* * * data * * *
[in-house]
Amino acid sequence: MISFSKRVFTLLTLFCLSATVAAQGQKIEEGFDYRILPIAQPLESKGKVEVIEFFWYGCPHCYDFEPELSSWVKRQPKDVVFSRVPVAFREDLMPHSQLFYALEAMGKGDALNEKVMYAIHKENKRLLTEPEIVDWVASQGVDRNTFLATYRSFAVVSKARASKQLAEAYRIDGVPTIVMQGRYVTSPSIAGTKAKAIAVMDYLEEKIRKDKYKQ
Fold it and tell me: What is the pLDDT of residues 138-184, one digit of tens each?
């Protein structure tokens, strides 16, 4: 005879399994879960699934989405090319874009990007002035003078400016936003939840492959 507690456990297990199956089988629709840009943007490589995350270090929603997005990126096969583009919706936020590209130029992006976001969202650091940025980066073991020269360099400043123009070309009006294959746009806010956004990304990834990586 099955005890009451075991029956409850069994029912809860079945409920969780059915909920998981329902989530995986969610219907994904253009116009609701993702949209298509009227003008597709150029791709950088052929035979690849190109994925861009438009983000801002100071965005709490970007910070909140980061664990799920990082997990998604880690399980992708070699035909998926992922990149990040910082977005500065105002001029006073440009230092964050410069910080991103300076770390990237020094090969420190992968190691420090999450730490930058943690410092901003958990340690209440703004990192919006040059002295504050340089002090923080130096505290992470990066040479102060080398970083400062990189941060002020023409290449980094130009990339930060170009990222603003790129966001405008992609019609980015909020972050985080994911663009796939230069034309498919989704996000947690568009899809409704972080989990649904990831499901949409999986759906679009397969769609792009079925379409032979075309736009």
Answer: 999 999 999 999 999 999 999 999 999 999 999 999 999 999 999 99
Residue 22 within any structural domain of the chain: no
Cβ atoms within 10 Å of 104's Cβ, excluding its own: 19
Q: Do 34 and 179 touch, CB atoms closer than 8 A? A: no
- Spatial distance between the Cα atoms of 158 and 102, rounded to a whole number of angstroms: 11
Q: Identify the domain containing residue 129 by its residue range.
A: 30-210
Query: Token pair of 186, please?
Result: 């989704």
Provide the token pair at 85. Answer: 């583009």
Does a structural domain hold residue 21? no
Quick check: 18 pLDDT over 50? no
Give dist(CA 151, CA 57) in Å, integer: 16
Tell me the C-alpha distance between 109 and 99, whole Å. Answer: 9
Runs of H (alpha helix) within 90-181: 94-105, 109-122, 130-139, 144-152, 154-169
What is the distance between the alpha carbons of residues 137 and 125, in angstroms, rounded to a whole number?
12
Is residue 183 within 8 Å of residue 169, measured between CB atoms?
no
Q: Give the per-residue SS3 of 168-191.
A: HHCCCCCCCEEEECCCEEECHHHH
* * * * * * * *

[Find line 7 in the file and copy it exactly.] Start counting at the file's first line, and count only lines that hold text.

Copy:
Cβ atoms within 10 Å of 104's Cβ, excluding its own: 19